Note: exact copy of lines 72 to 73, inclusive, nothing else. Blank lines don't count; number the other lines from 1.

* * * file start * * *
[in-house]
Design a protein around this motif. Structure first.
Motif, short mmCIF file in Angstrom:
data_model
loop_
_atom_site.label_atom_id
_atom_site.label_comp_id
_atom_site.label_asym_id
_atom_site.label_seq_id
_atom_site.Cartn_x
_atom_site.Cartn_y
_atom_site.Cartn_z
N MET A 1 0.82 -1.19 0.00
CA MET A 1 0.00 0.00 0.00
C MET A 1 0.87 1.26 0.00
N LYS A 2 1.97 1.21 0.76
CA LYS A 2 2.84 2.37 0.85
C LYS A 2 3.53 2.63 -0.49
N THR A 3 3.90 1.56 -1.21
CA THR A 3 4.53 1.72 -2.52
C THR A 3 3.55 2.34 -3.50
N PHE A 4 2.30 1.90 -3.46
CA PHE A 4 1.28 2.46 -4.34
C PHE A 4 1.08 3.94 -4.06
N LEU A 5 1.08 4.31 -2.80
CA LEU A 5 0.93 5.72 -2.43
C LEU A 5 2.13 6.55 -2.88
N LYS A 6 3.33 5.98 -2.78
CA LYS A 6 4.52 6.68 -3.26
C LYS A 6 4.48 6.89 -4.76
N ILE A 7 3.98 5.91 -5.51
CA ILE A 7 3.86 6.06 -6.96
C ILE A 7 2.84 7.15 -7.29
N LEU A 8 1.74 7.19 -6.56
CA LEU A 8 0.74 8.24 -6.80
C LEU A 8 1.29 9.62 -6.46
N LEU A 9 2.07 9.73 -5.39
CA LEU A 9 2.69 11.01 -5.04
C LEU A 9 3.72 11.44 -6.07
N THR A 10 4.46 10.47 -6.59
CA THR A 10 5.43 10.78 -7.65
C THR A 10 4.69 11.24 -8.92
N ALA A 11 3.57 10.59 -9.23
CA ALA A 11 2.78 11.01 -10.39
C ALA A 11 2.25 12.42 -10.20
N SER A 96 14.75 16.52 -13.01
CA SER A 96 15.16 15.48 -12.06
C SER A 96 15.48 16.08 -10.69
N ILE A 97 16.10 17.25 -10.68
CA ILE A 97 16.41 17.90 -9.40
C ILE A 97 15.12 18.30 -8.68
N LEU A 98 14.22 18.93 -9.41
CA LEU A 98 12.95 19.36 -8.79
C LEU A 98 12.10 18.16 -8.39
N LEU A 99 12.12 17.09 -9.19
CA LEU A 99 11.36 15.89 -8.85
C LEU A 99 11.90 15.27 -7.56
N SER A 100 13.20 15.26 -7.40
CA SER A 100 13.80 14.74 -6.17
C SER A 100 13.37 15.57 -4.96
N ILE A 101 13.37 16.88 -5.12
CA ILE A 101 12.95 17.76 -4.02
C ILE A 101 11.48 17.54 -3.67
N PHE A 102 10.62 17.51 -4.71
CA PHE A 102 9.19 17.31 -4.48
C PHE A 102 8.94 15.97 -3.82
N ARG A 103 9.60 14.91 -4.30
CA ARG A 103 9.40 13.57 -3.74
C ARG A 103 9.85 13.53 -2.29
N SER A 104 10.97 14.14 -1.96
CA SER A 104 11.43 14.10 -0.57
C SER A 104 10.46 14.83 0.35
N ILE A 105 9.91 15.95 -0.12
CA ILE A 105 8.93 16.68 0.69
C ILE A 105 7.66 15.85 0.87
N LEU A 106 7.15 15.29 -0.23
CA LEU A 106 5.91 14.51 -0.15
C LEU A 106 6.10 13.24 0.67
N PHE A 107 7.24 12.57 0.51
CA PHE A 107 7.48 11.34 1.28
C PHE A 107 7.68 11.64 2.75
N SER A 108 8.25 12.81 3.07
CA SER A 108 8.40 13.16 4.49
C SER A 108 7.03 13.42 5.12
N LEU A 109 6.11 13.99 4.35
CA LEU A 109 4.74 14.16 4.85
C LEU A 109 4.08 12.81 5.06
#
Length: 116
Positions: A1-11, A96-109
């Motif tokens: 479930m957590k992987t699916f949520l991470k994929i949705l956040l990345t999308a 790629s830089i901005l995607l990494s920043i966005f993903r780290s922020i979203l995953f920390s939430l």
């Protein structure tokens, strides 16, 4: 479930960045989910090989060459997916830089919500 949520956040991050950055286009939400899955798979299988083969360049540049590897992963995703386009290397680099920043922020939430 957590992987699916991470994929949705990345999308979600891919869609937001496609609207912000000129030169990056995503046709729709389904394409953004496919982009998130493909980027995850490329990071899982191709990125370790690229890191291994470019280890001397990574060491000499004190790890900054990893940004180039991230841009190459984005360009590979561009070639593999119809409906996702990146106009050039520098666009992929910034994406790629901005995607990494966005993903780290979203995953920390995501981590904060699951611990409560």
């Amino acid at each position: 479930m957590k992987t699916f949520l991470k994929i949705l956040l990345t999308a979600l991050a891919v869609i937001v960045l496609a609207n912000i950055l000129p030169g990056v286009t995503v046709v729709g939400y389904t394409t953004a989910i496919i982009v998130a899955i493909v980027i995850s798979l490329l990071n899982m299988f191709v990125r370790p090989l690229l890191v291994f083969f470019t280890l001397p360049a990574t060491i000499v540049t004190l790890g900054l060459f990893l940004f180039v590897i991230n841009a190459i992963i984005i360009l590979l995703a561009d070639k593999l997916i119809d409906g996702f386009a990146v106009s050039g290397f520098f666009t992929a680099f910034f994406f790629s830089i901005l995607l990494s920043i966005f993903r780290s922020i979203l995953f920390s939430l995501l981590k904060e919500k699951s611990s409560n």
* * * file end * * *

C SER A 104 10.46 14.83 0.35
N ILE A 105 9.91 15.95 -0.12